The recent Russian spy ring was breathtaking in the sheer mundaneness of the resulting espionage. It was long term, deep cover, and most of the spies lived quiet domestic lives in the suburbs. Some had even married. Their reports were on everyday American life.

To me, those Russian spies were just like those of us who conduct social media market research. Unlike any other research method we conduct, with social media market research we don’t have permission to study our “participants.” We are watching, observing, spying. What are people saying about different brands to their friends and coworkers? How do they talk about the products and services they use? What’s hot right this instant? Like those Russian spies, our social media reports are on everyday American life.

We’re clearly not ready for our life as secret agents. We still talk as if we are old-school market researchers. I’ve read social media research reports that talk about participants and respondents. What were these “respondents” responding to? Twitter’s insistent request for “What’s happening?” If you ask social media users, they certainly wouldn’t say that they are participants in market research. They’re socializing online. Like spies, we should be calling them subjects or targets, not respondents.

Another reason we’re not ready to be spies is we’ve gotten lazy about doing our detective work. We rely on the focus group facility to weed out the professional attendees. We trust our panel company to delete the speeders and the cheaters from our online survey. And now we trust our social media monitoring tools to provide us appropriate sample.

Sample is awful for social media research: let’s look at some of our respondents–er, subjects. You have the shills trumpeting their employer’s wares. You have the bots pretending to be consumers. You have the real-life humans pretending to be someone else (the Fake Steve Jobs, @BPGlobalPR, Sheldon from Big Bang Theory, even Jesus Christ). Figuring out which content you should exclude from your sample can be as hard as identifying double agents.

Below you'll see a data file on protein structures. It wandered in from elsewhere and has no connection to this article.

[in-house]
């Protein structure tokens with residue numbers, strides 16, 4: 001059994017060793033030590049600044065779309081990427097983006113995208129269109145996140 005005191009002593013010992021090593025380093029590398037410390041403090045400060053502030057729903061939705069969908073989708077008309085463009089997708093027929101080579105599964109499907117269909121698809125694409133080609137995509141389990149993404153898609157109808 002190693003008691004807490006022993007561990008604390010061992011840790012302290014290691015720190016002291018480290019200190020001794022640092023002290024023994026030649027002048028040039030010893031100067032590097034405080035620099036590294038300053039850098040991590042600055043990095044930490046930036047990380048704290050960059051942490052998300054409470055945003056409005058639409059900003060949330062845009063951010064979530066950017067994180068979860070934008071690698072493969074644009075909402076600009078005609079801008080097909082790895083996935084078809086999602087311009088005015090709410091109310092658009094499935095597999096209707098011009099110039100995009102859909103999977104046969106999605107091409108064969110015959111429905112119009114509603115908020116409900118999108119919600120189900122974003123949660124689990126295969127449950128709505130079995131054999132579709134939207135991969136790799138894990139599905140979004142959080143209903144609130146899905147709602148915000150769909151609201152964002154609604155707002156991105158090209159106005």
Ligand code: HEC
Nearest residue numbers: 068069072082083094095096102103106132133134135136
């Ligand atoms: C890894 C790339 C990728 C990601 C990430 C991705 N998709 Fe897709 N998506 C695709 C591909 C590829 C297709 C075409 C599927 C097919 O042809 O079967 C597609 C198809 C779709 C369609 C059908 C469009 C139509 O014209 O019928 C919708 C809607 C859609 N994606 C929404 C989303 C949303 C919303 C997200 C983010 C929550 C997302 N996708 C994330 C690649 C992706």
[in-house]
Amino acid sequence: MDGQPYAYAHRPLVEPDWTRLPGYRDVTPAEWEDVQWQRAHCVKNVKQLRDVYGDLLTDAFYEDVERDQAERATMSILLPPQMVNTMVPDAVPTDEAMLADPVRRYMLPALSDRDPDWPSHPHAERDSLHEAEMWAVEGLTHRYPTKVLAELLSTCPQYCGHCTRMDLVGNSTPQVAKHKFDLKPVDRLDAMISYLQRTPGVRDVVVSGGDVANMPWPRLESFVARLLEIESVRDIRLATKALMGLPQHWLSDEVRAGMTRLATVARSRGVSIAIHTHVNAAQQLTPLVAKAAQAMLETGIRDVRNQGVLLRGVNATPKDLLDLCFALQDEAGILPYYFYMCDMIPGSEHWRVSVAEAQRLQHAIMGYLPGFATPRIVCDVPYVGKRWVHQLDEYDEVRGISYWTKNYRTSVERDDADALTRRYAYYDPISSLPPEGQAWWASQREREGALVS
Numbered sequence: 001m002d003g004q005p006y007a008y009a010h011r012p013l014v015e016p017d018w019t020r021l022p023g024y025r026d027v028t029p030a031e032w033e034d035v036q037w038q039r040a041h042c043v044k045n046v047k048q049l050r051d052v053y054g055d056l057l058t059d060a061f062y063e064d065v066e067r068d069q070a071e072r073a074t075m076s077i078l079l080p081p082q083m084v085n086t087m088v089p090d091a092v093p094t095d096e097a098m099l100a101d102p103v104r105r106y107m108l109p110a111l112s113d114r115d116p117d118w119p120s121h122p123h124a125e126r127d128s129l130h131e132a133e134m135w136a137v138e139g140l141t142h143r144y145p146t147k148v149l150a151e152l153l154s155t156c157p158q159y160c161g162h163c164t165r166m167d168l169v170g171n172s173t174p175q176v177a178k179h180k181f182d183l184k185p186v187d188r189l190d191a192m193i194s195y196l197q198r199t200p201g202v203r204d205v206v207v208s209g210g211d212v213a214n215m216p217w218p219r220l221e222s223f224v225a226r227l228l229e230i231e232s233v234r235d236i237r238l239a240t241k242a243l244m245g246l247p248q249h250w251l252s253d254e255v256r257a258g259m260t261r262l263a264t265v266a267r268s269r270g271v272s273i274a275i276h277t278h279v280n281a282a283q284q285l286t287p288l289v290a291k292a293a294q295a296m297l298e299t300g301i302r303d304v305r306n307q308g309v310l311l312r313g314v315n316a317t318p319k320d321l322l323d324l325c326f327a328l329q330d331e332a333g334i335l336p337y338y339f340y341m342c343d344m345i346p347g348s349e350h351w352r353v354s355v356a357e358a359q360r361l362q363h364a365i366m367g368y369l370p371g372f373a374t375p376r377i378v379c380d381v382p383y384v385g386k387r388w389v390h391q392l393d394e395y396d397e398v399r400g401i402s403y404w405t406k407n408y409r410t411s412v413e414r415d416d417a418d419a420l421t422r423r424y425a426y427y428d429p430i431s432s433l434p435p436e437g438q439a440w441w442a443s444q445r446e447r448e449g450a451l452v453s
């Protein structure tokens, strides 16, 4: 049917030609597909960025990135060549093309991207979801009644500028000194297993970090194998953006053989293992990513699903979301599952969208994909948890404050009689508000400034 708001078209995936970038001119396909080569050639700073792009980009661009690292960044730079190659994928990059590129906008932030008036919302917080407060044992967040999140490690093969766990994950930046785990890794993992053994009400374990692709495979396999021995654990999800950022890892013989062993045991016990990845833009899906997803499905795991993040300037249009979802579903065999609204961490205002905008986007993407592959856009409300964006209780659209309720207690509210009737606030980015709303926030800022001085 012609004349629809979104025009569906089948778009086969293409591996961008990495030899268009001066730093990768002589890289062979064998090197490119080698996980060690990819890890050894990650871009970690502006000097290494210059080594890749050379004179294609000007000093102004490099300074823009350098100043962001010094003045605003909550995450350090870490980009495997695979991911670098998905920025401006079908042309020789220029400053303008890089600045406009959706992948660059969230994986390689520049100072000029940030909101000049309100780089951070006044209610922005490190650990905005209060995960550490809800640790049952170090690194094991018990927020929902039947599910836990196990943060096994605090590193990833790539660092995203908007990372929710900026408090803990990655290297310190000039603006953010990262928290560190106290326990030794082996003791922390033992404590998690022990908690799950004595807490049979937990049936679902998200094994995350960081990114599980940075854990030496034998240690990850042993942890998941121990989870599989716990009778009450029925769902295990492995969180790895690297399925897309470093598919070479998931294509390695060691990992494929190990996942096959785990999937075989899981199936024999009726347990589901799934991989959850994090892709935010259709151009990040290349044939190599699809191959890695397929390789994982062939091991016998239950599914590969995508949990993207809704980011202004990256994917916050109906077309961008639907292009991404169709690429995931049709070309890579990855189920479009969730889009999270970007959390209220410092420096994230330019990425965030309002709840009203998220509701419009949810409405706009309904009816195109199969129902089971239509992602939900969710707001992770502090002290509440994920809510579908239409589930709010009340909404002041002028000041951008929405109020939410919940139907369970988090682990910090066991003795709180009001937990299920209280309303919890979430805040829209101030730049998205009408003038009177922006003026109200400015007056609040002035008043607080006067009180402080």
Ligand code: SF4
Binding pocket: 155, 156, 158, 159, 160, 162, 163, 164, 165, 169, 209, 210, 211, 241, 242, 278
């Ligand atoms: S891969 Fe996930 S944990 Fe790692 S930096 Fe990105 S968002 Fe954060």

And those conversations you are eavesdropping on can seem like code. True story: I included in one analysis a tweet about McDonalds, not realizing that it was a joke at the expense of a celebrity. I was sadly unaware of the celebrity; it’s hard to keep up with all these people famous for being famous – maybe the Russian spies could help me out there.

But, wait, I hear my friends the mystery shoppers saying they are spies. Hardly. They’re rats, spying on their comrades to see if they are toeing the party line: watching employees of the company that hired them to make sure they are following service guidelines. That’s not spying. That’s secret police work.

I for one am ready to embrace my life as a social media spy. After all, we do have an industry association that sounds like a secret agency: the MRA. Now, when will the MRA be supplying us cool spy gadgets? I’m not renewing my membership until I get a car that turns into a boat and an umbrella that can be used as a satellite dish…Just kidding.

Author Notes:

Jeffrey Henning

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Jeffrey Henning, IPC is a professionally certified researcher and has personally conducted over 1,400 survey research projects. Jeffrey is a member of the Insights Association and the American Association of Public Opinion Researchers. In 2012, he was the inaugural winner of the MRA’s Impact award, which “recognizes an industry professional, team or organization that has demonstrated tremendous vision, leadership, and innovation, within the past year, that has led to advances in the marketing research profession.” In 2022, the Insights Association named him an IPC Laureate. Before founding Researchscape in 2012, Jeffrey co-founded Perseus Development Corporation in 1993, which introduced the first web-survey software, and Vovici in 2006, which pioneered the enterprise-feedback management category. A 35-year veteran of the research industry, he began his career as an industry analyst for an Inc. 500 research firm.